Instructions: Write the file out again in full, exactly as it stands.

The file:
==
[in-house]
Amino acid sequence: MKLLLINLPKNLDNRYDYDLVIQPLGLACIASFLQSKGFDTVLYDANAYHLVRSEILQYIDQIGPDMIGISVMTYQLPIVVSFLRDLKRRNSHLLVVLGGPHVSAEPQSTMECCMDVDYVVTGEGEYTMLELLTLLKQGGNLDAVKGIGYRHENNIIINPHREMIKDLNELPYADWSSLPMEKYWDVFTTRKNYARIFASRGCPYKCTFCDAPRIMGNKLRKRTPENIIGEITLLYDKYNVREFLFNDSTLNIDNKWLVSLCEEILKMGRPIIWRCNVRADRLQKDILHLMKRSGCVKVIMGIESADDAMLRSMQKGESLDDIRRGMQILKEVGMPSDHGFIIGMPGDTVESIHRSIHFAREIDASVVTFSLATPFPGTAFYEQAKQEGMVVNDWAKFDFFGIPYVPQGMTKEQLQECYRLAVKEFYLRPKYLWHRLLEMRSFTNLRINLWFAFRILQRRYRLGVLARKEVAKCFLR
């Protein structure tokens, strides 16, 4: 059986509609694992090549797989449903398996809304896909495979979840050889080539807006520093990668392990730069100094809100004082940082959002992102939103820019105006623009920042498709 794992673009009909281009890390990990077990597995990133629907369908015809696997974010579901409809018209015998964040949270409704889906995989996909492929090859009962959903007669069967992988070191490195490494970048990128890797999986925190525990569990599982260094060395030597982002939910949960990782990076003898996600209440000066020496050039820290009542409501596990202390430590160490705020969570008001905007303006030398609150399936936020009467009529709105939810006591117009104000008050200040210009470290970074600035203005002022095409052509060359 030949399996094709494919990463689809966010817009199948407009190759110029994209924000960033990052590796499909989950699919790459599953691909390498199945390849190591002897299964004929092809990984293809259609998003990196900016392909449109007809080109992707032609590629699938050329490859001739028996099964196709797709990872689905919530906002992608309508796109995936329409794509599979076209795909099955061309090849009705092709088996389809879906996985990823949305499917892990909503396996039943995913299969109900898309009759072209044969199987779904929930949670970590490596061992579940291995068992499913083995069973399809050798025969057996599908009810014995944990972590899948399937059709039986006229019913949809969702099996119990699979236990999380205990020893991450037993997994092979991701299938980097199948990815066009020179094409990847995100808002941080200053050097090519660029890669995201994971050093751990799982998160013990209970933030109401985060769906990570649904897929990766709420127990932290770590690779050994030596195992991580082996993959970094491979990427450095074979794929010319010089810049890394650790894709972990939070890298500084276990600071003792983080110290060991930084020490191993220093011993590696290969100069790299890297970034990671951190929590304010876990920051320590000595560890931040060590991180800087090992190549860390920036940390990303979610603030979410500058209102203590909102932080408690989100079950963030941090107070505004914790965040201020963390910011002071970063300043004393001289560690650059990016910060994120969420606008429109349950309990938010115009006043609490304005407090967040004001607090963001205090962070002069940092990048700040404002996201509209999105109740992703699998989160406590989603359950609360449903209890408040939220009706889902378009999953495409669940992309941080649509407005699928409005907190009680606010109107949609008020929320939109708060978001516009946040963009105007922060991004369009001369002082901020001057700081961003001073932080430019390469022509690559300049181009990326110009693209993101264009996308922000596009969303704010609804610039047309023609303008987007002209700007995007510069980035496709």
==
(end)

[in-house]
Amino acid sequence: MKLLLINLPKNLDNRYDYDLVIQPLGLACIASFLQSKGFDTVLYDANAYHLVRSEILQYIDQIGPDMIGISVMTYQLPIVVSFLRDLKRRNSHLLVVLGGPHVSAEPQSTMECCMDVDYVVTGEGEYTMLELLTLLKQGGNLDAVKGIGYRHENNIIINPHREMIKDLNELPYADWSSLPMEKYWDVFTTRKNYARIFASRGCPYKCTFCDAPRIMGNKLRKRTPENIIGEITLLYDKYNVREFLFNDSTLNIDNKWLVSLCEEILKMGRPIIWRCNVRADRLQKDILHLMKRSGCVKVIMGIESADDAMLRSMQKGESLDDIRRGMQILKEVGMPSDHGFIIGMPGDTVESIHRSIHFAREIDASVVTFSLATPFPGTAFYEQAKQEGMVVNDWAKFDFFGIPYVPQGMTKEQLQECYRLAVKEFYLRPKYLWHRLLEMRSFTNLRINLWFAFRILQRRYRLGVLARKEVAKCFLR
């Protein structure tokens, strides 16, 4: 059986509609694992090549797989449903398996809304896909495979979840050889080539807006520093990668392990730069100094809100004082940082959002992102939103820019105006623009920042498709 794992673009009909281009890390990990077990597995990133629907369908015809696997974010579901409809018209015998964040949270409704889906995989996909492929090859009962959903007669069967992988070191490195490494970048990128890797999986925190525990569990599982260094060395030597982002939910949960990782990076003898996600209440000066020496050039820290009542409501596990202390430590160490705020969570008001905007303006030398609150399936936020009467009529709105939810006591117009104000008050200040210009470290970074600035203005002022095409052509060359 030949399996094709494919990463689809966010817009199948407009190759110029994209924000960033990052590796499909989950699919790459599953691909390498199945390849190591002897299964004929092809990984293809259609998003990196900016392909449109007809080109992707032609590629699938050329490859001739028996099964196709797709990872689905919530906002992608309508796109995936329409794509599979076209795909099955061309090849009705092709088996389809879906996985990823949305499917892990909503396996039943995913299969109900898309009759072209044969199987779904929930949670970590490596061992579940291995068992499913083995069973399809050798025969057996599908009810014995944990972590899948399937059709039986006229019913949809969702099996119990699979236990999380205990020893991450037993997994092979991701299938980097199948990815066009020179094409990847995100808002941080200053050097090519660029890669995201994971050093751990799982998160013990209970933030109401985060769906990570649904897929990766709420127990932290770590690779050994030596195992991580082996993959970094491979990427450095074979794929010319010089810049890394650790894709972990939070890298500084276990600071003792983080110290060991930084020490191993220093011993590696290969100069790299890297970034990671951190929590304010876990920051320590000595560890931040060590991180800087090992190549860390920036940390990303979610603030979410500058209102203590909102932080408690989100079950963030941090107070505004914790965040201020963390910011002071970063300043004393001289560690650059990016910060994120969420606008429109349950309990938010115009006043609490304005407090967040004001607090963001205090962070002069940092990048700040404002996201509209999105109740992703699998989160406590989603359950609360449903209890408040939220009706889902378009999953495409669940992309941080649509407005699928409005907190009680606010109107949609008020929320939109708060978001516009946040963009105007922060991004369009001369002082901020001057700081961003001073932080430019390469022509690559300049181009990326110009693209993101264009996308922000596009969303704010609804610039047309023609303008987007002209700007995007510069980035496709």